<a href="/knowledge-center/Resources-for-Financial-Management/Pages/default.aspx"> www.strongnonprofits.org</a>.</p><p> The genesis of the site arose from our work with 26 afterschool programs in Chicago, where it became clear that many of the organizations struggled with financial management. As our president Will Miller told the Wall Street Journal: “It became a theme that the lack of understanding of the financial realities of their own organizations was one of the things impeding them from being sustainable, successful, mission-fulfilling nonprofits.” </p><p> Looking to help train nonprofit organizations become “fiscally fit,” Strong Nonprofits contains a library of resources compiled in partnership with Fiscal Management Associates, which highlight four key elements of strong financial management: planning, monitoring, operations and governance. For each of these elements the site offers a variety of articles, resources and tools.</p><p>
<em>The Chronicle of Philanthropy</em> has highlighted the site’s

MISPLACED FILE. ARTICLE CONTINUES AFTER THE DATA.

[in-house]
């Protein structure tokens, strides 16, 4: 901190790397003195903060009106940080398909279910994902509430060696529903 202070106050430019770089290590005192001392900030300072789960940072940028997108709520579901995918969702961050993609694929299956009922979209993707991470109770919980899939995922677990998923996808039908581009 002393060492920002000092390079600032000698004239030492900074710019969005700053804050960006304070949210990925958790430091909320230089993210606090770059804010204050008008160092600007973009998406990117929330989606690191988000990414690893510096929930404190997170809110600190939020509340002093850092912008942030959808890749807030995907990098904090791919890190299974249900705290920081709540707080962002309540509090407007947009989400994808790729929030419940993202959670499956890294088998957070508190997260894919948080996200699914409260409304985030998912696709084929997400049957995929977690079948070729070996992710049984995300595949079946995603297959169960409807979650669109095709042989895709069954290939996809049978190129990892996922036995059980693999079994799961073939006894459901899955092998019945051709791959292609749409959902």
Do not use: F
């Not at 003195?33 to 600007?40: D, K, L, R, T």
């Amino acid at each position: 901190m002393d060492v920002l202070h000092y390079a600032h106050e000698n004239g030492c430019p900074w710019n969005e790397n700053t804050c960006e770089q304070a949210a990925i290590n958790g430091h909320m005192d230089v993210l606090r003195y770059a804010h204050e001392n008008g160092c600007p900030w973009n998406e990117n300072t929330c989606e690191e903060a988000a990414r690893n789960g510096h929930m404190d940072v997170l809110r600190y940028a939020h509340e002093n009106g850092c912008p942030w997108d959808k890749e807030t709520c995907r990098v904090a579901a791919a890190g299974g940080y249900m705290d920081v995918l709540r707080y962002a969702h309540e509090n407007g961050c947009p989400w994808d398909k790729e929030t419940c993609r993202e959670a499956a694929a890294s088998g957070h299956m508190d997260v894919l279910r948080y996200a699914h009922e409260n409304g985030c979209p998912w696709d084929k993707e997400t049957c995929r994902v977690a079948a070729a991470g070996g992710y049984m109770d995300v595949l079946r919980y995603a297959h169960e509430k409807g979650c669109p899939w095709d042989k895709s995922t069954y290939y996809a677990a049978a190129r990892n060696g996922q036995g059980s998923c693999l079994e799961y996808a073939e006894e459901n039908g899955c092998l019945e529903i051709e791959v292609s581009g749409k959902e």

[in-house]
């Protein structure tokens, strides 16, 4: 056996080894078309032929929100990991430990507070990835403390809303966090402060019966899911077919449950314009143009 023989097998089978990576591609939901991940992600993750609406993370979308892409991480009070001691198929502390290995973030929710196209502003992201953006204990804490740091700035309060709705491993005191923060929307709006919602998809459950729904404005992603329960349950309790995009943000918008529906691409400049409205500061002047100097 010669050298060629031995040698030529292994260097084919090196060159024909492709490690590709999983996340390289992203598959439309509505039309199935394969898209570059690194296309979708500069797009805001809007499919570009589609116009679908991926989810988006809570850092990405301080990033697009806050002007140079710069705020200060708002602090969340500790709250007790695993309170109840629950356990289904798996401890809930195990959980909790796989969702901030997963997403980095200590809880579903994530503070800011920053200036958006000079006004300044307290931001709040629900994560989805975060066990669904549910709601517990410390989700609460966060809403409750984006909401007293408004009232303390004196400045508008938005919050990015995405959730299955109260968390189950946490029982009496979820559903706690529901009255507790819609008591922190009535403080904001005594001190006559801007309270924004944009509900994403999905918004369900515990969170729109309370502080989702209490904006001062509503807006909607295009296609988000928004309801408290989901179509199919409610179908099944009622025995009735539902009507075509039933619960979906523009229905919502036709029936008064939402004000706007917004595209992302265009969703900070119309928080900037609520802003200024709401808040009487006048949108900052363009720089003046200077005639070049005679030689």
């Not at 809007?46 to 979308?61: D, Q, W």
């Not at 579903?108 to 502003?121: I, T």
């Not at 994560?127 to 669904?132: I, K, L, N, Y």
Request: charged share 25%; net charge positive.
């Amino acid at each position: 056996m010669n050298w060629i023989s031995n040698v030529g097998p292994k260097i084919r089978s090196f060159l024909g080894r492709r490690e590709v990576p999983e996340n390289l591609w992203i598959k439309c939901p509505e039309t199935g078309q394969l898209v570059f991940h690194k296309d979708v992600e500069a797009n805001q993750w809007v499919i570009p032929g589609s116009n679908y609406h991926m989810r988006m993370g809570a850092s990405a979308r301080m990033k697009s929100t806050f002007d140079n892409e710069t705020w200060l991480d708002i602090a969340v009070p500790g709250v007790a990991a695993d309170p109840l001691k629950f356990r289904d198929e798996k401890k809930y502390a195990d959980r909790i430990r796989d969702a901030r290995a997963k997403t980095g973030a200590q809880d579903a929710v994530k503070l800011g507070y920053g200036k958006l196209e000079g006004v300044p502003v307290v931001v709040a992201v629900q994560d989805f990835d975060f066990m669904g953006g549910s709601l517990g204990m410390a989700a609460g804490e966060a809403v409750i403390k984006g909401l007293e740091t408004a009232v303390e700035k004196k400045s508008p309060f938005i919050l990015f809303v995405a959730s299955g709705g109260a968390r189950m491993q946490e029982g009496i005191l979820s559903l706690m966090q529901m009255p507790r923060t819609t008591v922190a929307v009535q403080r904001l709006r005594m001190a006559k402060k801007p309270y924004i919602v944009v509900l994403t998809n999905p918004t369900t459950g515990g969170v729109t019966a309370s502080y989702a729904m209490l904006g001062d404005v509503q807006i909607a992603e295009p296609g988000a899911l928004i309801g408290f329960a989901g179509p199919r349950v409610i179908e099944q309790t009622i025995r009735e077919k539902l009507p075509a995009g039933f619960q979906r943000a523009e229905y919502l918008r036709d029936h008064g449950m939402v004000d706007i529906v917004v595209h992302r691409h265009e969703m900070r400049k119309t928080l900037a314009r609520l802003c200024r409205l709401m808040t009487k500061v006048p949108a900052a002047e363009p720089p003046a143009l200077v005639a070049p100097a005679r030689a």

<em>Go or No Go questionnaire</em></a><em>,</em> which aims to help nonprofits decide whether or not go through with a proposed contract. This questionnaire serves as a good example of the many interactive tools available on the site. Also popular are the
<em> Out-of-School Time Cost Calculator</em> and the
<em> Program Based Budget Builder</em> that allows nonprofit staff to allocate their spending by program and personnel. </p><p>The demand for these resources speaks volumes about need. The Strong Nonprofits resources consistently rank among our top monthly downloads. And two of our most downloaded publications of all time, the
<em>Program Based Budget Builder</em> and
<em>A Five-Step Guide to Budget Development,</em> have accumulated 72,373 and 60,387 downloads, respectively, since they were published in February, 2013. Ultimately, what makes Strong Nonprofits so exciting beyond its ‘nuts and bolts’ subject matter, is its testimony to our research approach. Here, our afterschool work uncovered a gap in financial knowledge across many organizations, which led us to create additional tools and resources to fill this gap. </p>||Wallace editorial team||79||2017-09-21T04:00:00Z||Wallace Foundation’s Financial Management website offers tools and research to help nonprofits manage their money||12/4/2017 4:39:21 PM||The Wallace Foundation / News and Media / Wallace Blog / Proper Financial Management Helps Nonprofits Improve Efficiency Wallace Foundation’s Financial Management website offers ||130||https://www.wallacefoundation.org/News-and-Media/Blog/Pages/Forms/AllItems.aspx||html||False||aspx|